Navigation path

Left navigation

Additional tools

Other available languages: FR DE EL


Brussels, 5 April 2006

Classical swine fever: Further restrictions agreed for Germany

The Standing Committee on the Food Chain and Animal Health today voted in favour of a Commission proposal to tighten the movement restrictions imposed on German pigs last week due to classical swine fever (IP/06/395). This follows 2 new outbreaks of the disease in North-Rhine Westphalia last weekend, one of which occurred outside the established surveillance zone. The protection, surveillance and buffer zones which have been in place in this area since the beginning of March have been widened, and all pigs on the farms where the latest outbreaks occurred have been killed and destroyed.

Under the Decision agreed today, no pigs can be transported to or from holdings in North-Rhine Westphalia. Within this region, smaller, risk-based zones must be defined to ensure that movements of persons and vehicles to and from pig farms are restricted to those areas. The derogation allowing the transport of pigs for immediate slaughter from North-Rhine-Westphalia, which was laid down in last week’s Decision, has been repealed for a minimum 10 day period. For areas in Germany outside North-Rhine-Westphalia, some additional measures have also been set out. No pigs, other than those intended for immediate slaughter, may be exported from any part of Germany. Only pigs for immediate slaughter may be exported from German holdings outside North-Rhine Westphalia, provided that, for 60 days prior to dispatch, they are resident on a holding to which no other live pigs have been introduced during the same period.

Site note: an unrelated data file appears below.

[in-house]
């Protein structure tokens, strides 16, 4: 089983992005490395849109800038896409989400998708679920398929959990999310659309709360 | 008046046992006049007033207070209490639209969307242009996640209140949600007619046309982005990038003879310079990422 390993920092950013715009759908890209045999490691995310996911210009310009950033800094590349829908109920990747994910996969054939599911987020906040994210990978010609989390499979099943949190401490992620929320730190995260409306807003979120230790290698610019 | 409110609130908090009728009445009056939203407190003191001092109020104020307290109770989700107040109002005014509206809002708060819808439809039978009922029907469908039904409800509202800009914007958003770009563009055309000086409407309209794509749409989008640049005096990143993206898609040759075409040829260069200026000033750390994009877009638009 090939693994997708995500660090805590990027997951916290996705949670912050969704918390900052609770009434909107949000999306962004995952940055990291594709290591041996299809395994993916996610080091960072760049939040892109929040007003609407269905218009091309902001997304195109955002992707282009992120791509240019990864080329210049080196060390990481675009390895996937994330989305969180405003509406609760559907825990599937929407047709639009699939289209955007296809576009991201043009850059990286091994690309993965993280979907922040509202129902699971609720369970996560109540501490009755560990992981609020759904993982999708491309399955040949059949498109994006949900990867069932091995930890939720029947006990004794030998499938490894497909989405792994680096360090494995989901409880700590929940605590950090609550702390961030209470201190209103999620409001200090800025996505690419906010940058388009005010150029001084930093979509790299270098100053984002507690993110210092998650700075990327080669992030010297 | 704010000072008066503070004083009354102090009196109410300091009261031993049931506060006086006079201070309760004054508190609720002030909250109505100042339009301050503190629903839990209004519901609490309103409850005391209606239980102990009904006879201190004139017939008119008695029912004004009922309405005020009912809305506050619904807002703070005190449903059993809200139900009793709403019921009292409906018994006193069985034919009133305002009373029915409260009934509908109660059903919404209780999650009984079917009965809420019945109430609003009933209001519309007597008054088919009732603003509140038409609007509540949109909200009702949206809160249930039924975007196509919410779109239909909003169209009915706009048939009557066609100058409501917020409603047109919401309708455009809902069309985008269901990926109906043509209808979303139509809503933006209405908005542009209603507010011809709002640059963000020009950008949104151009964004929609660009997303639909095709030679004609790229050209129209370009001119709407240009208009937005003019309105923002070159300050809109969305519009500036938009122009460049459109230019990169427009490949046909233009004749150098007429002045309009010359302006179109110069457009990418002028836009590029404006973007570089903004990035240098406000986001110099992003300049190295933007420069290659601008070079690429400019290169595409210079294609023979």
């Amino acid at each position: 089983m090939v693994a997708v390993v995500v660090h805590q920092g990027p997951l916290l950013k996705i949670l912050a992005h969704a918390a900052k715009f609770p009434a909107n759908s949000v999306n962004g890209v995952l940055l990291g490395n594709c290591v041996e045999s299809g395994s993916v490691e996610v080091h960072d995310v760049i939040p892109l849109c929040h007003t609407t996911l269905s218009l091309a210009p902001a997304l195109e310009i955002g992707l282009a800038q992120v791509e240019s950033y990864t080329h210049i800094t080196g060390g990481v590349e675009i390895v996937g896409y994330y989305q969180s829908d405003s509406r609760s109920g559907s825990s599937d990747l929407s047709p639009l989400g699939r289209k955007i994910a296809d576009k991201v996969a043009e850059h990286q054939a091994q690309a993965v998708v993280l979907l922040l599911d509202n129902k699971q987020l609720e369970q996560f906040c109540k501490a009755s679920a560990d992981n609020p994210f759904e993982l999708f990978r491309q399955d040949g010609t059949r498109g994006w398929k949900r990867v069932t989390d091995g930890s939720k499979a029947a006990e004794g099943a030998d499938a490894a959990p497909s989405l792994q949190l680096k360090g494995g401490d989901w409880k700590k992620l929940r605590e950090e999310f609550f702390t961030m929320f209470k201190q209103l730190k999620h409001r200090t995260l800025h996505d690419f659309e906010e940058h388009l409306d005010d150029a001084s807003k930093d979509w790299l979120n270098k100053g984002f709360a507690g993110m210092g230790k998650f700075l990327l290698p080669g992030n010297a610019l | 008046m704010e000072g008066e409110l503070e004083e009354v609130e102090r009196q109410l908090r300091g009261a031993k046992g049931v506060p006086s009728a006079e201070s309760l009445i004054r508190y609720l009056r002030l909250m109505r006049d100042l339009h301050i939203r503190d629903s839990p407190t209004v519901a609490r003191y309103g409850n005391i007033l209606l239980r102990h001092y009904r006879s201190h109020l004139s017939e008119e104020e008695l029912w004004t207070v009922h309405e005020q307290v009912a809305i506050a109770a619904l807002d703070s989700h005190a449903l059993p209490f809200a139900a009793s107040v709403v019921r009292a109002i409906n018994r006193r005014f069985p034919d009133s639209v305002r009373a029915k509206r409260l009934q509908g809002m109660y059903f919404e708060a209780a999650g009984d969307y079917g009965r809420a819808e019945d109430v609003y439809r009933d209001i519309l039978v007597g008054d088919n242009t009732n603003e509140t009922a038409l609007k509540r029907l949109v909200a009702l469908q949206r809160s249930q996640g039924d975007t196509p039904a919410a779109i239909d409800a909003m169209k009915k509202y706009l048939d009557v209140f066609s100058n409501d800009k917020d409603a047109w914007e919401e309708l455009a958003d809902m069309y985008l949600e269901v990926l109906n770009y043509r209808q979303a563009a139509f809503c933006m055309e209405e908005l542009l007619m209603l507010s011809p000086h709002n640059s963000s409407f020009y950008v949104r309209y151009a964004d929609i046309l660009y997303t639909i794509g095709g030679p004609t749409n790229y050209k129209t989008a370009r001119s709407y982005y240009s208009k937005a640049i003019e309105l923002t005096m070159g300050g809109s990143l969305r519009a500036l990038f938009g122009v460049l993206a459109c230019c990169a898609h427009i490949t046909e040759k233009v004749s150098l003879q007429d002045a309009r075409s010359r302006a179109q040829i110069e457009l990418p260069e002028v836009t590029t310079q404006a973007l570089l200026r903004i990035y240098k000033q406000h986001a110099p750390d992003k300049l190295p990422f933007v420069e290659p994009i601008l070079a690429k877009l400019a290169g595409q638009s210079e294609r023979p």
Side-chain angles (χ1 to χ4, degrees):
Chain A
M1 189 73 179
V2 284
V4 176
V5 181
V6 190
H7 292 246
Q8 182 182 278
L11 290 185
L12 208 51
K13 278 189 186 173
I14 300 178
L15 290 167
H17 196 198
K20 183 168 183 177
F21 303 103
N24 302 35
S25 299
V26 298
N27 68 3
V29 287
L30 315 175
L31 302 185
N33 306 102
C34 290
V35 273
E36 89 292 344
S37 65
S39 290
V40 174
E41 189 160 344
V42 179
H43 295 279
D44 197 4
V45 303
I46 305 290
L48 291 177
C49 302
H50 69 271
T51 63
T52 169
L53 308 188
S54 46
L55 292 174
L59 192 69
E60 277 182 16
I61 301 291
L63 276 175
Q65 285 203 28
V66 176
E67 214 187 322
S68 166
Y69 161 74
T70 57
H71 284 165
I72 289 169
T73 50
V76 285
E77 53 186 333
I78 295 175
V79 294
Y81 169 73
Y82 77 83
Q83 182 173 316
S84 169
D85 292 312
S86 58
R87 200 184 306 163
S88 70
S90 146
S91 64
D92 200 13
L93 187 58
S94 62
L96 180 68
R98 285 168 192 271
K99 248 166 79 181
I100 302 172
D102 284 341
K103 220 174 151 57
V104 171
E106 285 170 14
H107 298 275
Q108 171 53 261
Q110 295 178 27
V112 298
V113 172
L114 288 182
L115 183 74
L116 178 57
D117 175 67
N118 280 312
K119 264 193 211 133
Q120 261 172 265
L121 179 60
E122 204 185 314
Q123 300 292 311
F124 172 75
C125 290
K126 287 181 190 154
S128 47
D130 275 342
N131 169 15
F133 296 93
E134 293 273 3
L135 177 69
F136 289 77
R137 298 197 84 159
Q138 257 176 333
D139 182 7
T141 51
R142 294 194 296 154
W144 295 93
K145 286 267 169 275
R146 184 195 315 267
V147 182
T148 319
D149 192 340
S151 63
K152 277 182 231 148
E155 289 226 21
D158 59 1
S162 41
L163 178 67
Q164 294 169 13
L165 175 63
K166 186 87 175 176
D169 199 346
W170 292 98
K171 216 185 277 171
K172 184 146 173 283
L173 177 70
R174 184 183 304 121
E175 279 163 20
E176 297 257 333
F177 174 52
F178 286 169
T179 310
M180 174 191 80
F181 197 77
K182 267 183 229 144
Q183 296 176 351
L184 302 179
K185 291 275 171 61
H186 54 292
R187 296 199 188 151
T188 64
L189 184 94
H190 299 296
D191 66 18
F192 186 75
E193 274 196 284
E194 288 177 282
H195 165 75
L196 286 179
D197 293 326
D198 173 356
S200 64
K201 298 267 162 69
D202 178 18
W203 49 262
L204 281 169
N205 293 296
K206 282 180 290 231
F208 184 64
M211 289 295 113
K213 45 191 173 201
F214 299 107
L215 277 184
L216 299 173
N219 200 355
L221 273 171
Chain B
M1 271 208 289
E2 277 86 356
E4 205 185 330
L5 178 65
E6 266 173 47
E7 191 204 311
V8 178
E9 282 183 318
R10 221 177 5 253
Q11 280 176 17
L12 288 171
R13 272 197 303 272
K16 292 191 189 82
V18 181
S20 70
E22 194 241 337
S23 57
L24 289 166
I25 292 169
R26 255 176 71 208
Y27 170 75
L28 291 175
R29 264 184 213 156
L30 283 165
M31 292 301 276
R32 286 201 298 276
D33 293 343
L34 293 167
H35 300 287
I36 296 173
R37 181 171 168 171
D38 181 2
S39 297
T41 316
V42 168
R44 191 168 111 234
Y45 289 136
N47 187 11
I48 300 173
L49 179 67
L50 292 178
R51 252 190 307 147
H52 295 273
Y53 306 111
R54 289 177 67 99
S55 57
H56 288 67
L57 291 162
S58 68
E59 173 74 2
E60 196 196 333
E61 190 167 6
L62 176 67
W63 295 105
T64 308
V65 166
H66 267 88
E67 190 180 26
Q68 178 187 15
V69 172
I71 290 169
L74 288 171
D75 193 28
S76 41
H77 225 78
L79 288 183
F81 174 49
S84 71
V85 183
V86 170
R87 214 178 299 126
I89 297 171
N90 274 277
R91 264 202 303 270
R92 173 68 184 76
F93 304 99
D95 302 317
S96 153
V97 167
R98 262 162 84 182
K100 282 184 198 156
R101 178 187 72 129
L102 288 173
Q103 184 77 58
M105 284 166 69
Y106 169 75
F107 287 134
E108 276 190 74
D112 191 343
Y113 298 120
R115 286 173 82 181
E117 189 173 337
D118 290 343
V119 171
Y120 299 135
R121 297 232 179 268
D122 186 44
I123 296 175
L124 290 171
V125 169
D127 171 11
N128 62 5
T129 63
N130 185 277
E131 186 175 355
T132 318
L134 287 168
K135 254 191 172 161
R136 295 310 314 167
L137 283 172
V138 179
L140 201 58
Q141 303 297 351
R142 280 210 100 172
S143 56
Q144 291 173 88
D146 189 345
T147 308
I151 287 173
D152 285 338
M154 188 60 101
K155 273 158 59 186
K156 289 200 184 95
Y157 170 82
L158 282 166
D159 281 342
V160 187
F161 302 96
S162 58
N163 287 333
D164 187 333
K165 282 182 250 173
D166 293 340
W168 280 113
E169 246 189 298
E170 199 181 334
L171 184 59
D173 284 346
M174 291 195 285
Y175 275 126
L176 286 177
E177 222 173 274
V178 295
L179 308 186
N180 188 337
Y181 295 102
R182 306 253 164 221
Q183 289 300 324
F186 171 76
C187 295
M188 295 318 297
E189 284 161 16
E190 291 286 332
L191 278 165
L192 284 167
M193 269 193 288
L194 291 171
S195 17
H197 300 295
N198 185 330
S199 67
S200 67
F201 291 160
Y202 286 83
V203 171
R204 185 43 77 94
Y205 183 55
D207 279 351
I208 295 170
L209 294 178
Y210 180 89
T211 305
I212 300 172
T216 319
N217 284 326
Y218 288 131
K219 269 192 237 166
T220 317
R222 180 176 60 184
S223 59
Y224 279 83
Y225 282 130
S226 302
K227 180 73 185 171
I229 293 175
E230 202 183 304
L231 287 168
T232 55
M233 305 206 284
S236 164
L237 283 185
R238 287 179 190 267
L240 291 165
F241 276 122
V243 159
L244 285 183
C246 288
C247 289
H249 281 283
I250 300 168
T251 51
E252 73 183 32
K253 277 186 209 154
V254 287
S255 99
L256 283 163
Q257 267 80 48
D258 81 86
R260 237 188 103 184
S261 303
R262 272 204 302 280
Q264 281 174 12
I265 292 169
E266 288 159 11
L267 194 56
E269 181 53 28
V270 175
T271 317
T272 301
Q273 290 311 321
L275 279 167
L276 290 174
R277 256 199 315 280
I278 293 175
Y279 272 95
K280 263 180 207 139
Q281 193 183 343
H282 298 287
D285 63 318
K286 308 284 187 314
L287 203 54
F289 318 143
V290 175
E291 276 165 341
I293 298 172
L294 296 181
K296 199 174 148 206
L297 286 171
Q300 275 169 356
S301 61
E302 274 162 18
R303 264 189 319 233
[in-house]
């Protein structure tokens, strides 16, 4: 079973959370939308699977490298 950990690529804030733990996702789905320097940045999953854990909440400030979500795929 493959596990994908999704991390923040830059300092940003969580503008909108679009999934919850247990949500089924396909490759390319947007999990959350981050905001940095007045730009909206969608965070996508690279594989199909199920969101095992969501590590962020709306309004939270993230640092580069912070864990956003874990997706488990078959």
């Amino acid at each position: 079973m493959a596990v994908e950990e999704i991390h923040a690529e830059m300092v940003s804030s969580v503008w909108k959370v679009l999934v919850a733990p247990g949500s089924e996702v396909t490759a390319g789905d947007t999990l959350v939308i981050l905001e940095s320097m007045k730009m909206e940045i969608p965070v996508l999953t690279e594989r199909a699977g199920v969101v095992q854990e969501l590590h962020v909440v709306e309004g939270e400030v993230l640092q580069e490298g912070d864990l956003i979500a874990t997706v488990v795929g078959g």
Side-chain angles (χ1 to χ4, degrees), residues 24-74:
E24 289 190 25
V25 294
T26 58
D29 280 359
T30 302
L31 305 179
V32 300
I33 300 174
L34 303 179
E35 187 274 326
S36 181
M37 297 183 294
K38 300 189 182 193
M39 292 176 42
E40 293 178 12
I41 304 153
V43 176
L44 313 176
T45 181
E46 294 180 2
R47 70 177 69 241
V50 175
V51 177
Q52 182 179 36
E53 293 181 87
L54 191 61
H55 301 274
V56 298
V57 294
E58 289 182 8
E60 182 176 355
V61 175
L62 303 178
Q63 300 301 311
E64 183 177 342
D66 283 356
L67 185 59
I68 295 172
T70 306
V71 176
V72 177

The draft Decision agreed today also lays down stricter measures for other Member States that may not send pigs to slaughter houses within North-Rhine-Westphalia. They must ensure now that vehicles used to transport pigs and vehicles which have entered a pig farm in the rest of Germany are cleaned and disinfected twice and suspended from transport for at least 3 days afterwards. The German authorities will have to step up surveillance measures and carry out information campaigns for pig farmers. The measures endorsed today will remain in place until 15 May 2006, subject to review over the coming weeks.

Side Bar